Re: library-related policy question
On Sun, Sep 06 2009, Russ Allbery wrote:
> "Nikita V. Youshchenko" <email@example.com> writes:
>> This does not help in a corner case.
>> Issue I am looking at is:
>> - a library used to export a symbol, it was visible in objdump -T output,
>> - at some point, upstream decides that this symbol should be removed,
>> claiming that "it was not ever included in any public APIs".
>> - but this results into binary stop working.
> We have done this in the past in Debian without changing the SONAME in
> places where compatibility of SONAME with other distributions is
> important. Specifically, libkrb53 removed several private symbols and we
> didn't change the SONAME. *However*, if you're thinking about doing that,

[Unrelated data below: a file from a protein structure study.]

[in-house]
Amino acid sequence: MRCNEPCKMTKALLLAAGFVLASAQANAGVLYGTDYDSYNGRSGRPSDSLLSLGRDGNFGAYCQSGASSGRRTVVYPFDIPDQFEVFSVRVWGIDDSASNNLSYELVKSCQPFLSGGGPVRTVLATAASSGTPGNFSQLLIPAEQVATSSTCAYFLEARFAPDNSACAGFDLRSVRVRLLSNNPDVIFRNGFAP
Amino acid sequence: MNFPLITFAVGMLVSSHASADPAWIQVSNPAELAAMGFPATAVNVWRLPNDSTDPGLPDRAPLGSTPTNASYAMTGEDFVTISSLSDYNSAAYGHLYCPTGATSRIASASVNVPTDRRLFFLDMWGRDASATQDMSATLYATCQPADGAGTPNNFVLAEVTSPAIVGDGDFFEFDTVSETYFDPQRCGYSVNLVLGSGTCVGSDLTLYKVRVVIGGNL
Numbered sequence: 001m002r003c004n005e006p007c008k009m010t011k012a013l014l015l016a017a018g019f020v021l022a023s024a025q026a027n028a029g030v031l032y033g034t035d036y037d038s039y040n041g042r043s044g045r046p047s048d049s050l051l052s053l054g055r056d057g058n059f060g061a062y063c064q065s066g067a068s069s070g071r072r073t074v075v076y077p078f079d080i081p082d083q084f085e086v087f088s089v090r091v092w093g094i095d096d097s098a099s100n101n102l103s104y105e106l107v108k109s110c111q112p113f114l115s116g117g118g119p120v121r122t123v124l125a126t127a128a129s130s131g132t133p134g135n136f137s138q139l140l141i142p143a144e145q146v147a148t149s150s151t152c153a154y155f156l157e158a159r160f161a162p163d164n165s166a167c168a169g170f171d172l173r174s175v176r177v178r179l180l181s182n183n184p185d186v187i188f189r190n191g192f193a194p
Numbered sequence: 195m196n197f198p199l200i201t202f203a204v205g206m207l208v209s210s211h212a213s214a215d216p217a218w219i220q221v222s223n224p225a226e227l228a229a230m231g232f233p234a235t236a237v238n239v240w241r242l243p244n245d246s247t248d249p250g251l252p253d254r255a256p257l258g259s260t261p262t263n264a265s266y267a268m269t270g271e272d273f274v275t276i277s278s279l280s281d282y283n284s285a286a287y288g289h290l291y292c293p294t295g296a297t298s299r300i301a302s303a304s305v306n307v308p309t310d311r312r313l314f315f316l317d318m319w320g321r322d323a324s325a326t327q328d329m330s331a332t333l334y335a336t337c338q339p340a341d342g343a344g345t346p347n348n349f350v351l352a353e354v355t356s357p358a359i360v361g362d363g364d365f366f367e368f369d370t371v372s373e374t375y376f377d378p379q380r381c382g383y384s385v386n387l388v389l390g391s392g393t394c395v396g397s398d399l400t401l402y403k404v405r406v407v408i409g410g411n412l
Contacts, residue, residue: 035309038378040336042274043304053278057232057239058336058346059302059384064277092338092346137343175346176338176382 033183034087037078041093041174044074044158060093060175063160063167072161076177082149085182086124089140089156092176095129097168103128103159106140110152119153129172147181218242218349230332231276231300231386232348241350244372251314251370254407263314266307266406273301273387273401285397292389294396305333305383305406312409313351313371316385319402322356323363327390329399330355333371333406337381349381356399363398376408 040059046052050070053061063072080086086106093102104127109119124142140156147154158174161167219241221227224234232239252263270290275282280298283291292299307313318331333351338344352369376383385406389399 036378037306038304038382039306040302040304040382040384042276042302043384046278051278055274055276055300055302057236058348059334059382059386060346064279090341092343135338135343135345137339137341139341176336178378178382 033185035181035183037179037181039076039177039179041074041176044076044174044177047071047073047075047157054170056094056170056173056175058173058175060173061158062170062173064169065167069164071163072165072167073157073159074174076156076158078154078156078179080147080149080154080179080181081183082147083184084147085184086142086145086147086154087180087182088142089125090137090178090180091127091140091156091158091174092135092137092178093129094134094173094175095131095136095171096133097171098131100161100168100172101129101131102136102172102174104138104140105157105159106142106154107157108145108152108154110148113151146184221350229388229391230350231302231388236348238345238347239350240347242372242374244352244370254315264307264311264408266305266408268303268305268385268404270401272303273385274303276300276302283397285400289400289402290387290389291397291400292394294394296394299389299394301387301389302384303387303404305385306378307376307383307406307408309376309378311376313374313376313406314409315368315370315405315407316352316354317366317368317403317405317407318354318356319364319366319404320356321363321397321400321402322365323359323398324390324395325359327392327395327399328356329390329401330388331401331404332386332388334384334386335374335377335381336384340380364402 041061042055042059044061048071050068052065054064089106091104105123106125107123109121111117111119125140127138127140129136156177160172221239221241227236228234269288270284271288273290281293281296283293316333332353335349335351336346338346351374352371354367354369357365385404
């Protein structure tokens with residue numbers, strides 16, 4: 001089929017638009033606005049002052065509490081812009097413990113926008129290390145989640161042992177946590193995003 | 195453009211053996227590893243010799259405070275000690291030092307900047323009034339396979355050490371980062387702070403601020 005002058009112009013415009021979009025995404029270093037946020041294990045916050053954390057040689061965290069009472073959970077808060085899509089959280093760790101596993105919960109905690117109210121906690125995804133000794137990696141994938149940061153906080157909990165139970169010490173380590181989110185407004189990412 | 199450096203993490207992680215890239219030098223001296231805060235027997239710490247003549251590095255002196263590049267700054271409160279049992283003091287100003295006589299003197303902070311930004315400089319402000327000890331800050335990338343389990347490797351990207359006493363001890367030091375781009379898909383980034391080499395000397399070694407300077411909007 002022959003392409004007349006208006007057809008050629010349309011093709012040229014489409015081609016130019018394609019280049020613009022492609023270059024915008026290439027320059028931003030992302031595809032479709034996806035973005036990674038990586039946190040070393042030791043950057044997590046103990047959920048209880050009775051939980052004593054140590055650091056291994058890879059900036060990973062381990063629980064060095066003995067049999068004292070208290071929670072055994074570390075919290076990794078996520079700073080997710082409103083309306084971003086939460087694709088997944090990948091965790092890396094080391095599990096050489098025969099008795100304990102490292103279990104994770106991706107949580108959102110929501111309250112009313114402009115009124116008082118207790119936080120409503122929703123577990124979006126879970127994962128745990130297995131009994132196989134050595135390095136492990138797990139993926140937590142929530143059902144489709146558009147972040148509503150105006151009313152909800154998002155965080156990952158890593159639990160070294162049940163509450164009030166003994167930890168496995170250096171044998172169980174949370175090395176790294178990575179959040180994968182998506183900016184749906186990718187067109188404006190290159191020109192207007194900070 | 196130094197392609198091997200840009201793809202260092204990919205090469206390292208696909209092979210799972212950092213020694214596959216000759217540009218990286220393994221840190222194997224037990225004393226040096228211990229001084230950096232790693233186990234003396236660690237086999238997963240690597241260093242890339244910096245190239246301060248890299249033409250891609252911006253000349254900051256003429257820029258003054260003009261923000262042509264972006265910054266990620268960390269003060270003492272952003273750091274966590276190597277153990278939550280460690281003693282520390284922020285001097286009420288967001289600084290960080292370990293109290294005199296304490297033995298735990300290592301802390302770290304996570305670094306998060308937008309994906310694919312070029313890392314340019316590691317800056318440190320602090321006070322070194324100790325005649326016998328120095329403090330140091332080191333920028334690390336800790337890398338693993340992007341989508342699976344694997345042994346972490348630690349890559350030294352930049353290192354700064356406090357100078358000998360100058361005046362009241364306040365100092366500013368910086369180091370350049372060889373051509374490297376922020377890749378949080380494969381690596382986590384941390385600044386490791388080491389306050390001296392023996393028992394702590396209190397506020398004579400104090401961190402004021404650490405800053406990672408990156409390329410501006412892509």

> you have to both be quite sure that the number of packages using that
> symbol is very limited and rare *and* coordinate that change with all of
> those packages, which will probably mean adding Breaks to the new version
> of the shared library.
> Usually this is more hassle than it's worth, but diverging from upstream
> on SONAME can also be an annoying long-term maintenance problem. The more
> central the library (and hence the larger the transition if it changes
> SONAME), the more it's worth putting some effort into avoiding changing
> the SONAME.
While coordinating with other packages is nice, it is not nice
to break user created packages either. Being systems integrators we
sometimes get myopic about only being concerned with breakage in "our"
product, but we should also have care that our users too might actually
use the libraries we ship. Coordinating with all users is a far harder
The only really decent thing to do behind a person's back is pat it.
Manoj Srivastava <firstname.lastname@example.org> <http://www.debian.org/~srivasta/>
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